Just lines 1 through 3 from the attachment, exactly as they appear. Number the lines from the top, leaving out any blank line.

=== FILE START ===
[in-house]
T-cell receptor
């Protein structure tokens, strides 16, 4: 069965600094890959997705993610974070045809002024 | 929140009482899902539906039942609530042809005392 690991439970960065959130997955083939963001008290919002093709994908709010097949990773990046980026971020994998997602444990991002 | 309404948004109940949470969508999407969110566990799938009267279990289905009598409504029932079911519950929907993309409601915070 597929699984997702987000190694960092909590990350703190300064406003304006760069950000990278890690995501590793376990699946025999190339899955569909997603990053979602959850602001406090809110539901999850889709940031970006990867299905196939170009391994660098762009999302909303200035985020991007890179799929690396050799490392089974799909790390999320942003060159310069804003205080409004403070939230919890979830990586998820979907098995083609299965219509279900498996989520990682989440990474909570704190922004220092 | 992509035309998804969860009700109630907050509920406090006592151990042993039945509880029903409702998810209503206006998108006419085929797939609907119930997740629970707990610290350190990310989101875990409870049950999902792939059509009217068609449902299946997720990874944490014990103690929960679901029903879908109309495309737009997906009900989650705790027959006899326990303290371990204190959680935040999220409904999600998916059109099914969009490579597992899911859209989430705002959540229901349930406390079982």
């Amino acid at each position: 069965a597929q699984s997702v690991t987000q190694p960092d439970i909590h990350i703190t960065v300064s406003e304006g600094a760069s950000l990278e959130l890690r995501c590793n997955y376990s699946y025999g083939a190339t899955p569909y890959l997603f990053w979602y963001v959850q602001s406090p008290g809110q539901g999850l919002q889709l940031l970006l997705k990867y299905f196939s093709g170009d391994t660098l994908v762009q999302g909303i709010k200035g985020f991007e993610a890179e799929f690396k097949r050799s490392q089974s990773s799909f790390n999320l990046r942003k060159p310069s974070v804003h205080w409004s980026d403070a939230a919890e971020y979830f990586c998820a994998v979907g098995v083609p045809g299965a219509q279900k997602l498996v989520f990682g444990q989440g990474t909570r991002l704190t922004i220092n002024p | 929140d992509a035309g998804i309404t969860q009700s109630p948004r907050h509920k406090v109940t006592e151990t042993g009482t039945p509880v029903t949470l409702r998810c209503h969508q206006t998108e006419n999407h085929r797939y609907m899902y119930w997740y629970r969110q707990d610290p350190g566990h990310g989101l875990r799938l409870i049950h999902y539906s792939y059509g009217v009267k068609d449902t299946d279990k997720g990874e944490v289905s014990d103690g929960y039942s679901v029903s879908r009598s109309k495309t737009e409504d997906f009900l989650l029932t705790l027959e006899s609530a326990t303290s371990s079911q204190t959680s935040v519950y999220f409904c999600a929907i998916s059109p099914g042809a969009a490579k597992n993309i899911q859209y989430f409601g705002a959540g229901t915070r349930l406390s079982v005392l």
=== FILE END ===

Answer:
[in-house]
T-cell receptor
């Protein structure tokens, strides 16, 4: 069965600094890959997705993610974070045809002024 | 929140009482899902539906039942609530042809005392 690991439970960065959130997955083939963001008290919002093709994908709010097949990773990046980026971020994998997602444990991002 | 309404948004109940949470969508999407969110566990799938009267279990289905009598409504029932079911519950929907993309409601915070 597929699984997702987000190694960092909590990350703190300064406003304006760069950000990278890690995501590793376990699946025999190339899955569909997603990053979602959850602001406090809110539901999850889709940031970006990867299905196939170009391994660098762009999302909303200035985020991007890179799929690396050799490392089974799909790390999320942003060159310069804003205080409004403070939230919890979830990586998820979907098995083609299965219509279900498996989520990682989440990474909570704190922004220092 | 992509035309998804969860009700109630907050509920406090006592151990042993039945509880029903409702998810209503206006998108006419085929797939609907119930997740629970707990610290350190990310989101875990409870049950999902792939059509009217068609449902299946997720990874944490014990103690929960679901029903879908109309495309737009997906009900989650705790027959006899326990303290371990204190959680935040999220409904999600998916059109099914969009490579597992899911859209989430705002959540229901349930406390079982």